The aim of this paper is to present the clinical picture of patients with NF-1 and to report authors’ own observations related to their surgical treatment.

Material and methods

A retrospective study aiming to present a group of patients with Recklinghausen disease was planned. Medical data of all the patients with NF-1, who had been treated in our clinic between 1992 and 2017, were carefully studied. The study was carried out in 39 patients with neurofibromatosis type 1 diagnosed in the Department of Plastic, Reconstructive and Aesthetic Surgery and our plastic surgery outpatient clinic. Each patient underwent a clinical examination, and photographic documentation was carried out. A thorough medical history of each patient was also recorded. This way, a patient database was created on the basis of the medical data, ambulatory cards, hospital histories, and photos. All the patients were otherwise healthy and did not have any other congenital anomaly. The collected data included age, sex, family history, parts of body affected with neurofibromas, and methods of treatment. On the basis of the patients’ documentation and database created, a retrospective analysis of treatment was conducted. Informed, written consent has been obtained from patients. The protocol of the study was approved by the ethics review board of the Medical University of Lodz, and the study was conducted according to the Declaration of Helsinki principles. The Ethics Committee of the Medical University of Lodz has approved this study.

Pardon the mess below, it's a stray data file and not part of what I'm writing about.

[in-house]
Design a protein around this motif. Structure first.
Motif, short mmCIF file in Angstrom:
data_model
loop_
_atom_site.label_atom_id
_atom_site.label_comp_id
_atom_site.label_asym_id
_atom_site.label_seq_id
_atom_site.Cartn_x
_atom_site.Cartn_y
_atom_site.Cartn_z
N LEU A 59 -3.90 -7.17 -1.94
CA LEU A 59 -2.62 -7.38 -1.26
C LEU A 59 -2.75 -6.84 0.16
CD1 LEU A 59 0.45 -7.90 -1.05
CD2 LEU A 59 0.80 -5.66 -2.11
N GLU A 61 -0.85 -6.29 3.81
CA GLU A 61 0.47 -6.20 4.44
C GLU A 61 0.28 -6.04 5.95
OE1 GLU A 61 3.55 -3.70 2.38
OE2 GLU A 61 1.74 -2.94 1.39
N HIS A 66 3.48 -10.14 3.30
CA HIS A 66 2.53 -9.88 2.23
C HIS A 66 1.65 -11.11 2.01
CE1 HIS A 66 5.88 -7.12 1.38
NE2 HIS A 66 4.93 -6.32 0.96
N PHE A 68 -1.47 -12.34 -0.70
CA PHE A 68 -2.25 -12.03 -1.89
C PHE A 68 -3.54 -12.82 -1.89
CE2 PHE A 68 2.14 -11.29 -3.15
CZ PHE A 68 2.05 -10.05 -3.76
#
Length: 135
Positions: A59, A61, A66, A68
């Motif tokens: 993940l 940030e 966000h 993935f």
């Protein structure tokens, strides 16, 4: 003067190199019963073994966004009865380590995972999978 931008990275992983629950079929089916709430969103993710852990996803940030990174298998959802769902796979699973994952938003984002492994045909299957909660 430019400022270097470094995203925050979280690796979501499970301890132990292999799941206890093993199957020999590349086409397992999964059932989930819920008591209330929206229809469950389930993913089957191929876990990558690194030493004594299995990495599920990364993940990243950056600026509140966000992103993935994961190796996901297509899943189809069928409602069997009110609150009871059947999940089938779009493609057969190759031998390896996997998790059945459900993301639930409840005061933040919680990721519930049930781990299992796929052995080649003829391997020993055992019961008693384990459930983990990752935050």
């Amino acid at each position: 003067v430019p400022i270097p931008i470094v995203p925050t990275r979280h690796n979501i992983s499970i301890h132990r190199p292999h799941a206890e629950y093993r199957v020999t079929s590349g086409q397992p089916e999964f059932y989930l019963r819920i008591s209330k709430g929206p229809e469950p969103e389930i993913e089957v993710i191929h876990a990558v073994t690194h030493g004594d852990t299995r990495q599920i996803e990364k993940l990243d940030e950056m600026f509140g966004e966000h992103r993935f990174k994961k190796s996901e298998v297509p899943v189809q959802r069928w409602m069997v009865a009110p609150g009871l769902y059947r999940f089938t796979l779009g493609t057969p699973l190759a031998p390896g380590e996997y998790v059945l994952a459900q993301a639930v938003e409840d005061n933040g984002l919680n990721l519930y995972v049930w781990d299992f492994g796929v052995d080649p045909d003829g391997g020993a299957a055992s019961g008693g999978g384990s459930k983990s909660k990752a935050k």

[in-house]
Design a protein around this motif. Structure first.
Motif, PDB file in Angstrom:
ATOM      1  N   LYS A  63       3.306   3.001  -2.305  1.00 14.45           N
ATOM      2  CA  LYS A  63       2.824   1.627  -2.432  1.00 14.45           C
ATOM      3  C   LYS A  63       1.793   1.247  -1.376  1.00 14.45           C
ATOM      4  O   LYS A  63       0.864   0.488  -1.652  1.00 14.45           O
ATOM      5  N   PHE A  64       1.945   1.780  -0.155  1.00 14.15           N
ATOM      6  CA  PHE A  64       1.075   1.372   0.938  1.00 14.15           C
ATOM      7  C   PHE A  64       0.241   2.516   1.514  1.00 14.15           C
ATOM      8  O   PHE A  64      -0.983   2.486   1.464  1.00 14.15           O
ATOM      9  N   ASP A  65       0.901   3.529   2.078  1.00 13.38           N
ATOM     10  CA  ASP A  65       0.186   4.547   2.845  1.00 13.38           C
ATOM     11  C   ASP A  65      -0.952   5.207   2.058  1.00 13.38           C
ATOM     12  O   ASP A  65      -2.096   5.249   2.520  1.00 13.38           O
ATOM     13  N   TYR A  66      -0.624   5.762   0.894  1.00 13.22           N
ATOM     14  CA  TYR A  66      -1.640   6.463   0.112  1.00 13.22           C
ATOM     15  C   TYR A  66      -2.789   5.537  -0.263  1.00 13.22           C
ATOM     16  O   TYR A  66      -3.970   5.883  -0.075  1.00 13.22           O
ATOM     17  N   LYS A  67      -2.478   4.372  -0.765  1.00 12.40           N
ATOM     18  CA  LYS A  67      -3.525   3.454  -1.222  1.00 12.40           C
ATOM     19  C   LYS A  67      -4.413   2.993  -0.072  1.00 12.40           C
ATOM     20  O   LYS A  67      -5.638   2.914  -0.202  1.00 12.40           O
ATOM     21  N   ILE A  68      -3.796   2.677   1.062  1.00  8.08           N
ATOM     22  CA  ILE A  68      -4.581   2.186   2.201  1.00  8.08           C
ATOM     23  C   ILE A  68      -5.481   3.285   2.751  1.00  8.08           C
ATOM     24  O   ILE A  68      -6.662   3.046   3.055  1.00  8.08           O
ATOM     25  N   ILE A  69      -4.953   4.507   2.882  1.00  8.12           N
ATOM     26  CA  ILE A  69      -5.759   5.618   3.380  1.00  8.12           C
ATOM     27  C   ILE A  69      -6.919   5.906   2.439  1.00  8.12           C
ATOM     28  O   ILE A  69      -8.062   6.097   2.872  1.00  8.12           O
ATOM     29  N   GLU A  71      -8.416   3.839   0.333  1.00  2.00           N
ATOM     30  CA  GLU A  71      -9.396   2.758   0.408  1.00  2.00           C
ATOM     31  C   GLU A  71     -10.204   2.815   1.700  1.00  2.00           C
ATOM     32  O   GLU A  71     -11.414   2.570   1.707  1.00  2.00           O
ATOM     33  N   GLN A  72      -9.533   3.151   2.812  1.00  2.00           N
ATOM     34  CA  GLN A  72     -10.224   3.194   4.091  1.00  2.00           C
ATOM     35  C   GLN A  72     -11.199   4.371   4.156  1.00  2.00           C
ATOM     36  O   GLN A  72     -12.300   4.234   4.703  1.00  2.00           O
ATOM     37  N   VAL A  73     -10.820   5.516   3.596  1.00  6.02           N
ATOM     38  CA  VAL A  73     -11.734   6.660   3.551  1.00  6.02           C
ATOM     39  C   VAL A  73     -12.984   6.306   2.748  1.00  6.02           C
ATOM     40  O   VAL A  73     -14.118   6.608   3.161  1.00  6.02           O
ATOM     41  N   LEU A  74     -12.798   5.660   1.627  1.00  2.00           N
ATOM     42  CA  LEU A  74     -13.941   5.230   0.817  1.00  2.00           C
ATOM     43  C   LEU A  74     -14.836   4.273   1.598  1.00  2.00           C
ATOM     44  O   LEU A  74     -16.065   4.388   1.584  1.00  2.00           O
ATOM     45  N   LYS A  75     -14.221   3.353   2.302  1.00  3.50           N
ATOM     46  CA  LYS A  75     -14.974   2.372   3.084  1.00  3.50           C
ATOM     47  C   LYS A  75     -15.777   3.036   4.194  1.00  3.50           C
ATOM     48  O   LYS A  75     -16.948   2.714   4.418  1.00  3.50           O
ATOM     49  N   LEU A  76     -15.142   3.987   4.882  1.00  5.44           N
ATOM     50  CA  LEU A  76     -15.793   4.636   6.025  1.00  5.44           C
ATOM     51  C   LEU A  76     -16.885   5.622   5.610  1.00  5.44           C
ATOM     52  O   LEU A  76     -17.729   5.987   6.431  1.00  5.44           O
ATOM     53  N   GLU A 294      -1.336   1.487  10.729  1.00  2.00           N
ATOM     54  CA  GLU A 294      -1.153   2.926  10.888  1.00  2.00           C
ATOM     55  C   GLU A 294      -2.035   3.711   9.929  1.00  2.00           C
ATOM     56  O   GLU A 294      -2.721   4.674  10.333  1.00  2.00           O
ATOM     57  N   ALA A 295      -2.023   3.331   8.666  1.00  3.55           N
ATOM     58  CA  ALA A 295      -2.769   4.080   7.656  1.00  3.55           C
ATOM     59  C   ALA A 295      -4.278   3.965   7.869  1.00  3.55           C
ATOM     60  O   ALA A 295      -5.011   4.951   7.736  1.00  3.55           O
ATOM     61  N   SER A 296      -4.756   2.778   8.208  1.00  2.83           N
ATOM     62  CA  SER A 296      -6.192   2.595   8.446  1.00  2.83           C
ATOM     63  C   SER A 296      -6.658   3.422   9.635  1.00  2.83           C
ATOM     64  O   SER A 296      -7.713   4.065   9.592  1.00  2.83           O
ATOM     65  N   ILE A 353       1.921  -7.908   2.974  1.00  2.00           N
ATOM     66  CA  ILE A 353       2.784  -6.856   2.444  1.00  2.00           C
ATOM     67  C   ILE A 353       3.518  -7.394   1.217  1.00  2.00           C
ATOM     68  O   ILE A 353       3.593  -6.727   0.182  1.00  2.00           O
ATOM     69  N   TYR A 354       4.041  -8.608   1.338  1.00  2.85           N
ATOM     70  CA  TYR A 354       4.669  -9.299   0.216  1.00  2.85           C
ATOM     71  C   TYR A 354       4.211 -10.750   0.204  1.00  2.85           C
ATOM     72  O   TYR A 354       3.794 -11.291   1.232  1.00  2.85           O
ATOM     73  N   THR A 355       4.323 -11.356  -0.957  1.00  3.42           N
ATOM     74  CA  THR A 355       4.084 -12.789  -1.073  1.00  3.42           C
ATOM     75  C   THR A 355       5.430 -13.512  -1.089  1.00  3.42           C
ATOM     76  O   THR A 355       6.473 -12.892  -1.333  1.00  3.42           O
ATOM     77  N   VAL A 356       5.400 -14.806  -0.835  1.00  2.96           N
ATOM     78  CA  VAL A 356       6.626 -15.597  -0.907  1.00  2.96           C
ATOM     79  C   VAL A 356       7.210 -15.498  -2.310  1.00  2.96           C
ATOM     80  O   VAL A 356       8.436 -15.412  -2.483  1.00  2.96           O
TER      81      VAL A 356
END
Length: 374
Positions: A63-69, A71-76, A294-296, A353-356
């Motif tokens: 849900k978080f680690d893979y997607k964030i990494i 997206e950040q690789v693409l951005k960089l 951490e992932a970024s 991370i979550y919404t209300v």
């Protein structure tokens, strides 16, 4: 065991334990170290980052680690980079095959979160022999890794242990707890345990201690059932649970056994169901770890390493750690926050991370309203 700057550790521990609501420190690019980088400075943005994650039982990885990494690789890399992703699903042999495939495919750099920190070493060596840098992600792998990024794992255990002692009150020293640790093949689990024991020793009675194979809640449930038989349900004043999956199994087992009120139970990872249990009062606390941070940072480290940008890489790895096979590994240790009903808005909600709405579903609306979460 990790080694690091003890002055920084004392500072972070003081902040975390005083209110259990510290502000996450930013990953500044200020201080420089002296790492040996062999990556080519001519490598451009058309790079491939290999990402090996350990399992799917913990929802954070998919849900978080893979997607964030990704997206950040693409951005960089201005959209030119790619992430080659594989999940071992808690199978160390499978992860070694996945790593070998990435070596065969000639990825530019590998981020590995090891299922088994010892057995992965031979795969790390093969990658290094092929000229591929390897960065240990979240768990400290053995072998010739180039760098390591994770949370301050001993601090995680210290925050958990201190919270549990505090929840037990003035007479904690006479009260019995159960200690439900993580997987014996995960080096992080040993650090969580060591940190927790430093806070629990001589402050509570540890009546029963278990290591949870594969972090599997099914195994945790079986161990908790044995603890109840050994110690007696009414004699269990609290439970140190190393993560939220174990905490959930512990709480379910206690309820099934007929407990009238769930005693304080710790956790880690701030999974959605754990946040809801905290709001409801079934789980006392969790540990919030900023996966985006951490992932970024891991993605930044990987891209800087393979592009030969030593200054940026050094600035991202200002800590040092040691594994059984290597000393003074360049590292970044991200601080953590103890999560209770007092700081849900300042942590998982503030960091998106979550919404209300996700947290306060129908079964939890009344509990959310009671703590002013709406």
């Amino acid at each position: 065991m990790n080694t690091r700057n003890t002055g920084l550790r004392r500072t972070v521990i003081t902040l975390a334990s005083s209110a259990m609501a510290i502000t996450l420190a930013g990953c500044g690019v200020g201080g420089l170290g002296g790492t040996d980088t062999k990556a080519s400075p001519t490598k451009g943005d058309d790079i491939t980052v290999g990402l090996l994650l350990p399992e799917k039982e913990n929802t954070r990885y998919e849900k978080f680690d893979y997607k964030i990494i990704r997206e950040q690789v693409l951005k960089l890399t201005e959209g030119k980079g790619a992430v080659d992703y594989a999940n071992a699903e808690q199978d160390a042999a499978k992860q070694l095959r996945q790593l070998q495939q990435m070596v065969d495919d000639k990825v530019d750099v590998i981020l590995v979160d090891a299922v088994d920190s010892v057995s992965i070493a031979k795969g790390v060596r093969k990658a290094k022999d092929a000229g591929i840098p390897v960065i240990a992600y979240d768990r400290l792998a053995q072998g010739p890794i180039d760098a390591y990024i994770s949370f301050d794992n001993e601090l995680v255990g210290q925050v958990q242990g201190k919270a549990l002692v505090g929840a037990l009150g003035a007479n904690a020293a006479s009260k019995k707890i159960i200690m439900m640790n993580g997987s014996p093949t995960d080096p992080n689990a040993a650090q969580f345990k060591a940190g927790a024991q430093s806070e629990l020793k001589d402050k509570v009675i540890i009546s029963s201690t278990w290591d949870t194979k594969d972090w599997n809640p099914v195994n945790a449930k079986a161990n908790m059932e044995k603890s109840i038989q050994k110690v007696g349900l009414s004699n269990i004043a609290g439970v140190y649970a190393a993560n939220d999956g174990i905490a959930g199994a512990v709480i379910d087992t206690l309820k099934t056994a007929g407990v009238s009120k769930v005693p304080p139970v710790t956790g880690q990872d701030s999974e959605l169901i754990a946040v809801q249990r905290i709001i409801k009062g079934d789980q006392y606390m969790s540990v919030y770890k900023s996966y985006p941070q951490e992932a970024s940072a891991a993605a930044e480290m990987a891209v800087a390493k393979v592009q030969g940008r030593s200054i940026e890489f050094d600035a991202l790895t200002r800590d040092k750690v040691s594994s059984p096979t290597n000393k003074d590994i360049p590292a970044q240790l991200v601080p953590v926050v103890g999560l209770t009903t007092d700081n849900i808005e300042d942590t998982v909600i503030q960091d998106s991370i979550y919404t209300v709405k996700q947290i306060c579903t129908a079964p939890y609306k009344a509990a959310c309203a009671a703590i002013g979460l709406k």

There were 14 men and 25 women in the examined group. The patient’s age, at the time of the first consultation, was from 11 months to 61 years of age (the average age was 30 years and 2 months). All patients had cutaneous neurofibromas localized in different parts of the body. The three most frequent localizations were the abdomen, back, and face (Figure 1). Other body parts affected by skin nodules included the scalp, neck, buttocks, upper and lower limbs also with hands and feet. All patients had multiple lesions, more than 10 neurofibromas were detected, between 5 mm to 3 cm in diameter. Additionally in 15 patients, apart from small cutaneous nodules, a giant neurofibroma was recognized. All patients had discomfort due to the presence of cutaneous nodules especially because of their visibility and multiplicity. Some patients also noted pain, mainly those who had a giant lesion in the area of the face or limbs or when they observed tumour growing. The patient who had limb neurofibroma additionally observed oedema and paraesthesia.